Sunday, March 19, 2017

EverythingDogBlog: Cut This Out!

And put it on your fridge.

Thanks to dog trainer Sue Brown of Colorado of The Light of Dog, you now have a handy-dandy pictorial list of what NOT to let your dog eat.

Cut it out and stick it on the fridge! You'll be glad you did.

Friday, March 10, 2017

Book Review: 101 Dalmatians! For Adults and Big Kids.

101 Dalmatians, by Dodie Smith (Penguin, 184 pages, 1957, $5.95)

You’ve Seen the Disney Movie, But Have you Read the Book?

You have probably seen the movie countless times since 1961 if you have kids, but did you know 101 Dalmatians was first a book by playwright Dodie Smith (Dorothy Smith 1896-1990) who also wrote I Capture the Castle (a movie in 2003) and numerous other books*?

And the movie is in DVD. See a few DogEvals blogs about it here (Draw Cruella, take a quiz on the movie, adopt the Disney DVD, how many spots?

Delightfully Enthralling

We at DogEvals picked up the 1996 reprint and were we ever glad we did! It was delightfully entertaining even though we knew the story. And even though we knew the story, it was exciting – a bit different from the movie but only a slight bit. (The beginning starts out slightly differently and the return of the pups to London may have differed slightly with perhaps a couple more adventures along the way, but children who know the Disney movie will not be disappointed).

When Television was New

With 18 short chapters, you can read one chapter a night to the kids and the pups or they can read one a night to you (the kids, not the pups!)

The wonder and perhaps the enduring love for this book is revealed in how it shows us that strangers will save us, given the chance to do good. The dogs of England rally around Pongo and Missus to rescue their kidnapped pups and more, to lead them home and protect and feed them along the way. What a lovely lesson for all the children and parents who read 101 Dalmatians!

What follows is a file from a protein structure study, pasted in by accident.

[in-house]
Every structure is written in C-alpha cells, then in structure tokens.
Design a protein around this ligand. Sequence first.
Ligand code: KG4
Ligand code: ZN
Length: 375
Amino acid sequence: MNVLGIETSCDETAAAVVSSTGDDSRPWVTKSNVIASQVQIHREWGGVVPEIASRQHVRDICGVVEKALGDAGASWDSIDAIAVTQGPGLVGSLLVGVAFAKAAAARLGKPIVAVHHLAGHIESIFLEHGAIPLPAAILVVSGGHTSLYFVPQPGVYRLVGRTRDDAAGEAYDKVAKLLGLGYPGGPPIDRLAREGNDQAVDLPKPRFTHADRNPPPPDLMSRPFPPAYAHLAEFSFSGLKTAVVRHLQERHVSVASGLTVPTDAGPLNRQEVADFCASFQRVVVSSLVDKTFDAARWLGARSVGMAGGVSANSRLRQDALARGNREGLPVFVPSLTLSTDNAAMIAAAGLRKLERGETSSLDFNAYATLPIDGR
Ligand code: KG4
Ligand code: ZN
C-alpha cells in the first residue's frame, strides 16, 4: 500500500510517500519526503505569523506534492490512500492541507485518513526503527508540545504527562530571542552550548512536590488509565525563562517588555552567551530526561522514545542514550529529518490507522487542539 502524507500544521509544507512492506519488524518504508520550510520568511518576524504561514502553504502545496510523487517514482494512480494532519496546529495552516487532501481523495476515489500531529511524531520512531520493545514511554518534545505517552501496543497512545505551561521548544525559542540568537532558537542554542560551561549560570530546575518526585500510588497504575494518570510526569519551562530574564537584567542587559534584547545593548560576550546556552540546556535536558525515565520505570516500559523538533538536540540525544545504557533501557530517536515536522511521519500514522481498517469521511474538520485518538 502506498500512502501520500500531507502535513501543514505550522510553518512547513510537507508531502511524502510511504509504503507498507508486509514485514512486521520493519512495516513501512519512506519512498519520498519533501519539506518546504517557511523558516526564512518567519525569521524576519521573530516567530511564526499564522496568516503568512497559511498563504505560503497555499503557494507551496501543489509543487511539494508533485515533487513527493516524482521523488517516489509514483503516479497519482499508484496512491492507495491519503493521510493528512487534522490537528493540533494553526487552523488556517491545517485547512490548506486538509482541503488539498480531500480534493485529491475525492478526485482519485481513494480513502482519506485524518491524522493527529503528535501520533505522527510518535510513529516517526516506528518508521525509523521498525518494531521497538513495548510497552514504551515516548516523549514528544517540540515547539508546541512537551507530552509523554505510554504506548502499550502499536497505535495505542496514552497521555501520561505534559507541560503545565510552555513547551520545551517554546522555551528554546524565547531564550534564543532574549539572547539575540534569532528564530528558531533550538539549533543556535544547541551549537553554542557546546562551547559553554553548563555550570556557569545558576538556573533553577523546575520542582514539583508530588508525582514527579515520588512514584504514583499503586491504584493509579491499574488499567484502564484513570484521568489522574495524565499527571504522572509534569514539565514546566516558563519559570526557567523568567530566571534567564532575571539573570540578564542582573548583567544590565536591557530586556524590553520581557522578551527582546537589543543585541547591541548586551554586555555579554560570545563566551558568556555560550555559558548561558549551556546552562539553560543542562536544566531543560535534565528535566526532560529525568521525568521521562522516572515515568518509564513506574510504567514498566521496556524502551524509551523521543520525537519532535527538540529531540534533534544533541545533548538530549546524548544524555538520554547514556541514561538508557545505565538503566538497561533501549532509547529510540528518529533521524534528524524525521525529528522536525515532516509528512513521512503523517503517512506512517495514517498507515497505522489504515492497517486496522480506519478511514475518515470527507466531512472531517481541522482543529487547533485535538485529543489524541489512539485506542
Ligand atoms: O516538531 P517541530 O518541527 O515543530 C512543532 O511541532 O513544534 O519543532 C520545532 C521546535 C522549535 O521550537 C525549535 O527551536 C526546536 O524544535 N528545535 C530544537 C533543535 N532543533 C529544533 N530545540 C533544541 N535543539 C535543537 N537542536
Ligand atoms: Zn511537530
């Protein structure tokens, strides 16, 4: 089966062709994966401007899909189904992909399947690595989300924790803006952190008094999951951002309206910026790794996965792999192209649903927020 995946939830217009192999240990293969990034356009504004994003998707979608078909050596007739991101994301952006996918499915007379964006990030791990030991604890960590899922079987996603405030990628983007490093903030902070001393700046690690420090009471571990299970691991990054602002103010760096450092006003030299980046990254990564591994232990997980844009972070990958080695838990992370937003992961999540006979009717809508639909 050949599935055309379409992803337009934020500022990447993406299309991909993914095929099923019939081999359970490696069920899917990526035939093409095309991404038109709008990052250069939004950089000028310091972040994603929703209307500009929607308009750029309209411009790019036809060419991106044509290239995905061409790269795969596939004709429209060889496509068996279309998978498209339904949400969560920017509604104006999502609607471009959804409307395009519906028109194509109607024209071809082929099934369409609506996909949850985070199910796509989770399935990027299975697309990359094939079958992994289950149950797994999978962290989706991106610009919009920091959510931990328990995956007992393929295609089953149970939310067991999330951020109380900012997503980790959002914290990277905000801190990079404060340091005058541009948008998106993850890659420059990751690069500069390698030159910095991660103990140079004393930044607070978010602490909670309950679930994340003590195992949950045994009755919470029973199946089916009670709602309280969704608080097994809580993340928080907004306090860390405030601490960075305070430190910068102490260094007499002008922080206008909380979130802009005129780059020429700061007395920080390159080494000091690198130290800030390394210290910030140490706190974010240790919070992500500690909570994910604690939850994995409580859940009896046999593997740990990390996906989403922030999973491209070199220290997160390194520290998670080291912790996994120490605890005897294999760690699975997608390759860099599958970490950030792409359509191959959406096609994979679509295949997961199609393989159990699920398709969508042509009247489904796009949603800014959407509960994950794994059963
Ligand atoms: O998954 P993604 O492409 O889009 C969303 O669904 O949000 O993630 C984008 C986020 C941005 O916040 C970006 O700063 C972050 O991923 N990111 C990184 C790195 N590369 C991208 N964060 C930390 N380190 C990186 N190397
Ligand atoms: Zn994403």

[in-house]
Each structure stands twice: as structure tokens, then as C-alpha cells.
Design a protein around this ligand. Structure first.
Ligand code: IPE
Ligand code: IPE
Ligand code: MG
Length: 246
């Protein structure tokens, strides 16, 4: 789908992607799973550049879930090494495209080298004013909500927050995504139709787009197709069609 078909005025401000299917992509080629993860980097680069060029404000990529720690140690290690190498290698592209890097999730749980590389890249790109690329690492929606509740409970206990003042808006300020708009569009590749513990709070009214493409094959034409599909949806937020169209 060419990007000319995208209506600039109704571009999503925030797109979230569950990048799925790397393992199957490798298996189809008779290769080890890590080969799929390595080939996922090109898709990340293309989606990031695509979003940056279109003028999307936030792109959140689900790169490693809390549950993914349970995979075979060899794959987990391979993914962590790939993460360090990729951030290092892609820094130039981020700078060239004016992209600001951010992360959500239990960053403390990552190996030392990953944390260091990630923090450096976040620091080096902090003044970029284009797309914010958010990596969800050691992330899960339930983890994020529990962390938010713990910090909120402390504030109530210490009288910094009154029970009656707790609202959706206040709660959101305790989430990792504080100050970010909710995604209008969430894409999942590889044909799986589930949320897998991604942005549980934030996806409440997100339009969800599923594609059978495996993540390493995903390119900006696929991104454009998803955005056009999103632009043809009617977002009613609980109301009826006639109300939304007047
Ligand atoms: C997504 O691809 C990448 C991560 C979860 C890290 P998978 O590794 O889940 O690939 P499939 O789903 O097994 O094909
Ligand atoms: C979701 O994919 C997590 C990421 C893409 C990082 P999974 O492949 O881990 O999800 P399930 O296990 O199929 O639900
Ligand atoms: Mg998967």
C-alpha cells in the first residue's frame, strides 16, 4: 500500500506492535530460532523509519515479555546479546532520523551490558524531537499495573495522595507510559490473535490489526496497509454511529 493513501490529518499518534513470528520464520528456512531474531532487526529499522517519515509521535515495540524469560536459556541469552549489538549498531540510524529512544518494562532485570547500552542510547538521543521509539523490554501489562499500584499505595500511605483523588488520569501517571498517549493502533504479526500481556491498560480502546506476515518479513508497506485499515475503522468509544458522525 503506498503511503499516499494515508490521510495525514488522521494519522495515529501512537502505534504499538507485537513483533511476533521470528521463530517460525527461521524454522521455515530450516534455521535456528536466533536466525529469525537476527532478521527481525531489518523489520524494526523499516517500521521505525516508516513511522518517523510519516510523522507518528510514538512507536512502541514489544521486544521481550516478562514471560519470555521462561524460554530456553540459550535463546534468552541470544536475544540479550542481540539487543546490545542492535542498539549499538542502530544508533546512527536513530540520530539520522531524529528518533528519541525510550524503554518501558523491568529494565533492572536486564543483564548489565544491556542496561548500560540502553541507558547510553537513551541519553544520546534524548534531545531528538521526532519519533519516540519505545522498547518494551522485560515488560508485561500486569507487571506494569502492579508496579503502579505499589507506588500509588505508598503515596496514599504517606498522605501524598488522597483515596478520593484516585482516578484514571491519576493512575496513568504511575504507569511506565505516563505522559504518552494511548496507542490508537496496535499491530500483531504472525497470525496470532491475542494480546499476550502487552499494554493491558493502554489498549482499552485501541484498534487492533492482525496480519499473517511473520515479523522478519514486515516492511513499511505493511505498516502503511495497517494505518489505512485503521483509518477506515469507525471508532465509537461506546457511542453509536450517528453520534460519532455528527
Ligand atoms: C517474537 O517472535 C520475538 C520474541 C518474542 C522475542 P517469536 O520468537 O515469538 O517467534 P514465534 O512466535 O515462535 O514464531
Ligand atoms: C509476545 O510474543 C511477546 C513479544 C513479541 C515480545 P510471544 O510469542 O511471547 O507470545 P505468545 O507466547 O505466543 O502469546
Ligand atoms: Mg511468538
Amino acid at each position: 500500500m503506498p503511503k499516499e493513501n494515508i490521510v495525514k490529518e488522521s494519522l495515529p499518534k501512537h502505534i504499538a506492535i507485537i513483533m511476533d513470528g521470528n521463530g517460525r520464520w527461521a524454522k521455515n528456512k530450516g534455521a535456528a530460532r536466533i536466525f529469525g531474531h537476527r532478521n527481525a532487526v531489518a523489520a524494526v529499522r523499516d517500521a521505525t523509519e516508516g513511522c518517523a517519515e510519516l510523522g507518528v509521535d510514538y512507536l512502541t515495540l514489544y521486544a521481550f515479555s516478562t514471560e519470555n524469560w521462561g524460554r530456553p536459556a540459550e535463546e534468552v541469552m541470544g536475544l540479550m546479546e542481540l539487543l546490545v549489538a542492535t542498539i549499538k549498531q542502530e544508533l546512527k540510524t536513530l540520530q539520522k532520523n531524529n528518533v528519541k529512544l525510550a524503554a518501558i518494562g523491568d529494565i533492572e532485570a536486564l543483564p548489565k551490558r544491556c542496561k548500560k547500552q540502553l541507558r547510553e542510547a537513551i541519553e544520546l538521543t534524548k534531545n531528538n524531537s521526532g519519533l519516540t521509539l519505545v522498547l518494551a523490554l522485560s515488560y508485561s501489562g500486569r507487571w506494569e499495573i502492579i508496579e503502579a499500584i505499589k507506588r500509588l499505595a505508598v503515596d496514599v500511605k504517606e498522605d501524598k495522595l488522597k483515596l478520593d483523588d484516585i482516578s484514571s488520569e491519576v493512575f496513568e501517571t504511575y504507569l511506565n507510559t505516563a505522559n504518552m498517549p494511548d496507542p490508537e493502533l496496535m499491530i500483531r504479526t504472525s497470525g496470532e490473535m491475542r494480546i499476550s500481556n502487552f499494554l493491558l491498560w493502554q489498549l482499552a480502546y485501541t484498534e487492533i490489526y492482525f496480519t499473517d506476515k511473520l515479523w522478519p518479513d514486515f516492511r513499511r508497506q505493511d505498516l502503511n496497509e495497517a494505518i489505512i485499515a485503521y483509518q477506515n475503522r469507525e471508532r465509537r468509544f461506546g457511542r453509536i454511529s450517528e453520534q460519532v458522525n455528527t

Secondarily is the canine lesson to never bite a human, especially a child, no matter what that child does. “All very young creatures are ignorantly cruel.” (p. 70) “To bite a human is the greatest crime a dog can commit. You shall not let that cruel, thoughtless child put such a sin on your conscience. Your pain and anger will pass, but the guilt would remain with you or always.”

Great food for thought and topics for discussion with growing little ones.

A Darling Family

The Dearly family, composed of Mr. and Mrs. Dearly; their two childhood nannies, Nanny Cook and Nanny Butler; and their two Dals (Dalmatians), Pongo and Missus, remind us of that other lovely London family, the Darlings of Peter Pan fame. The Darlings have a canine nanny, Nana, a Newfie (Newfoundland).

The Dearlys, “like many other much-loved humans, . . . believed they owned their dogs, instead of realizing that their dogs owned them.” (p. 4)

Remember the Twilight Barking?

Kids, did you know there is also a Nine O’clock Barking and a Midnight Barking? And even a sequel called Starlight Barking?

You will want to know (“Heads’ up, parents!”) what a Great Dane looks like, and a Pomeranian, and a Spaniel, and an English Sheepdog, and a Golden Retriever, and a Setter (‘feather-brained as well as feather-tailed” [p.146]) and a Poodle and a Boxer (aren’t you glad Dodie Smith didn’t name all 480 dogs in the barking chain that relayed the word of the kidnapped 15 Dalmatian pups? “People [even] began to count their children carefully.” [p. 95])

The Story’s for Kids, the Writing’s for Parents

The kids will remember that Dalmatian pups are born “spotless” – “lollopy creatures with clumsy feet. “ (p. 107) They will recognize Lucky, Roly Poly, the Cadpig, and Patch. They will learn that Cruella de Vil’s ear tastes like pepper and “she’s enough to frighten the spots off a pup.” (p. 37)

On the other hand, nearly every page has a phrase or sentence that will take parents for a lovely ride: “. . . usual dogs are really more unusual than unusual dogs.” (p. 28) Adults smile as they read that the dogs “put the Dearlys on their leashes and led them into the park.” (p. 43)